|Most recent IBA monitoring assessment|
|Year of assessment||Threat score (pressure)||Condition score (state)||Action score (response)|
|2008||high||not assessed||not assessed|
|For more information about IBA monitoring please click here|
The IBA is situated around Yambuk, between Portland and Port Fairy, in south-western Victoria. It comprises wetland vegetation around Lake Yambuk and adjacent protected areas which have suitable habitat for Orange-bellied Parrots. The coastal areas of the IBA are dominated by coastal dune scrub (i.e. a closed shrubland formation, featuring species such as Coast Wattle and Coastal Beard-Heath, with scattered emergent trees). Behind the coastal dune scrub lies Lake Yambuk, which receives freshwater inflows from the Eumeralla and Shaw Rivers, and from tidal seawater incursions. The estuary which connects Lake Yambuk to the ocean is sometimes closed by a build-up of silt, which causes the lake to be flooded by freshwater until the entrance of the estuary is opened manually according to local management prescriptions. The margins of Lake Yambuk support saltmarsh, reed beds and other forms of wetland vegetation. To the north of the lake lie some small patches of closed swamp scrub and low open eucalypt woodland. The IBA could be extended along a 40 km stretch of coast to Allestree to include a significant population of the near threatened Hooded Plover. A large part of the IBA is owned and managed as an Indigenous Protected Area (Deen Maar) by the Framlingham Aboriginal Trust.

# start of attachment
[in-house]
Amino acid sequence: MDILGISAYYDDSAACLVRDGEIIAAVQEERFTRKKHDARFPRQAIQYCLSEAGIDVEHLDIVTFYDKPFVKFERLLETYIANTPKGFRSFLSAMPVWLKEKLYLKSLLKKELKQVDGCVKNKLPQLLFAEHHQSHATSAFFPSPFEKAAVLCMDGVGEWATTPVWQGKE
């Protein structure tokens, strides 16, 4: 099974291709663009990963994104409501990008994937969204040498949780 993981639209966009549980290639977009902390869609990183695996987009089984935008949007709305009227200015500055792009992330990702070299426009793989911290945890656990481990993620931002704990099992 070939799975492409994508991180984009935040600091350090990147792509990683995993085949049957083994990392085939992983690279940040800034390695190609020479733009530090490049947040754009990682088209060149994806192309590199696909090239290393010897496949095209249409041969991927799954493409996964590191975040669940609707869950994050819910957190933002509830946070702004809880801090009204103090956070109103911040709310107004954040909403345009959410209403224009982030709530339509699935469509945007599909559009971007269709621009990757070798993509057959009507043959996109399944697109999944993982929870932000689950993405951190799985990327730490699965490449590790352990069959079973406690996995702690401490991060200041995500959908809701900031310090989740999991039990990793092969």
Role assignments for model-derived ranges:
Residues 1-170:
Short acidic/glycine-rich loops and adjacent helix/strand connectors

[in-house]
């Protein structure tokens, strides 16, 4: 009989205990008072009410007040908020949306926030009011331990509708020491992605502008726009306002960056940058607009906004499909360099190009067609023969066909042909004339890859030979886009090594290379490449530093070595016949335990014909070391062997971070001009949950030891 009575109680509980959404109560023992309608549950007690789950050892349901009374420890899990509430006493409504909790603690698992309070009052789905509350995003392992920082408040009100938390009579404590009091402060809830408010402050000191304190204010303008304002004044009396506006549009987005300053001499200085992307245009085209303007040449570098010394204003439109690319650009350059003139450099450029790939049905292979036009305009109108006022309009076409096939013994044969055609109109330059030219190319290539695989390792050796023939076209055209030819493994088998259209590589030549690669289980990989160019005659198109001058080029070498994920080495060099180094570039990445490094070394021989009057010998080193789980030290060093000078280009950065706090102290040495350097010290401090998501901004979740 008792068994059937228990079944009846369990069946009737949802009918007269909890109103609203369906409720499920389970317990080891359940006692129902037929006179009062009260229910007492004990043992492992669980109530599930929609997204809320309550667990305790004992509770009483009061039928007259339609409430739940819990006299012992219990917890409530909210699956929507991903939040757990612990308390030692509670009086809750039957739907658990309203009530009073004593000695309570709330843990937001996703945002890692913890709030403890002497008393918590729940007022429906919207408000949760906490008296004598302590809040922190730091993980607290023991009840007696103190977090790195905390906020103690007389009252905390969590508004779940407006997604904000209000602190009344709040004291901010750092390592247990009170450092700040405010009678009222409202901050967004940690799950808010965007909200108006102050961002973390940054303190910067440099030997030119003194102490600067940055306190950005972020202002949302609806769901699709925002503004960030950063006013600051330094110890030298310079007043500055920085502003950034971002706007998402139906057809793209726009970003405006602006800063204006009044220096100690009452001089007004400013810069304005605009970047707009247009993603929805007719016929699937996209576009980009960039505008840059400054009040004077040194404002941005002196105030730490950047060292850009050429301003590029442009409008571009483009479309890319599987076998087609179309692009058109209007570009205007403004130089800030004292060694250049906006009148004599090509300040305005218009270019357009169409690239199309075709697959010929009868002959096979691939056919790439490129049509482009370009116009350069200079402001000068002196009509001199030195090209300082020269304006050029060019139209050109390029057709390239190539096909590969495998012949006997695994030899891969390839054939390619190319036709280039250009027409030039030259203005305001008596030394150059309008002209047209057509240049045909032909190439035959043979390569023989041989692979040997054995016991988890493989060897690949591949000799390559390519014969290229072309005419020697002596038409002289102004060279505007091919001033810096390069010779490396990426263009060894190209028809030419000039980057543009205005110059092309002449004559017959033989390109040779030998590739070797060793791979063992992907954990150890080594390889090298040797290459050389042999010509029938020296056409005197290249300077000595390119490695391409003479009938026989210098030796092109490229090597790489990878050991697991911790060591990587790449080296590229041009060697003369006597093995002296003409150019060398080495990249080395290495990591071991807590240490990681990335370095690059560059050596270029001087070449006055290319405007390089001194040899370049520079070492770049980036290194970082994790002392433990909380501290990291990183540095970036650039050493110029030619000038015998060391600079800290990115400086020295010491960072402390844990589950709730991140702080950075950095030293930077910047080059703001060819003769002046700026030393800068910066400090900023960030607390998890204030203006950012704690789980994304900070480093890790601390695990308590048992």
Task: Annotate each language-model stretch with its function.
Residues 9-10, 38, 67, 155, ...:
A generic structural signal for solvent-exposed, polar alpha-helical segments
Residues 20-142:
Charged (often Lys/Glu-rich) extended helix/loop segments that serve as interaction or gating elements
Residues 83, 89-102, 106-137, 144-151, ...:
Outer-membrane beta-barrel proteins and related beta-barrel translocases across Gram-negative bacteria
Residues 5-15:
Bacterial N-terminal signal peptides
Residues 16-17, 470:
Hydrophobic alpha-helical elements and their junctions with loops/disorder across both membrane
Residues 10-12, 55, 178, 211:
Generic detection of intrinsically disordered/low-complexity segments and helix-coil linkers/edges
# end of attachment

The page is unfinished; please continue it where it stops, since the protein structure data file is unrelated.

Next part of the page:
More than 140 species of bird have been recorded from Yambuk Lake (including the wetlands and estuary), Deen Maar Indigenous Protected Area and Yambuk Beach. This figure includes a number of species listed under the China-Australia and/or Japan-Australia Migratory Bird Agreements (Moyne Shire Council 2007b). Eighteen records of Striated Fieldwren and one record each of Australian Painted Snipe, Fairy Tern and Flame Robin were obtained during 52 Atlas of Australian Birds surveys undertaken from 1998 to 2008 (Atlas of Australian Birds database).
Non-bird biodiversity: The Eumeralla River, which provides water to Lake Yambuk and its wetlands, is the primary stronghold for the Dwarf Galaxias (Department of Crown Lands and Survey 1981), a species of fish that is listed as threatened under both the federal Environment Protection and Biodiversity Conservation Act 1999 and the Victorian Flora and Fauna Guarantee Act 1988. Several species of plants considered to be rare or threatened in Victoria, including the Coast Ballart, are present on the margins of the Eumeralla River and Lake Yambuk (Moyne Shire Council 2007a).
BirdLife International (2021) Important Bird Areas factsheet: Yambuk. Downloaded from http://www.birdlife.org on 23/06/2021.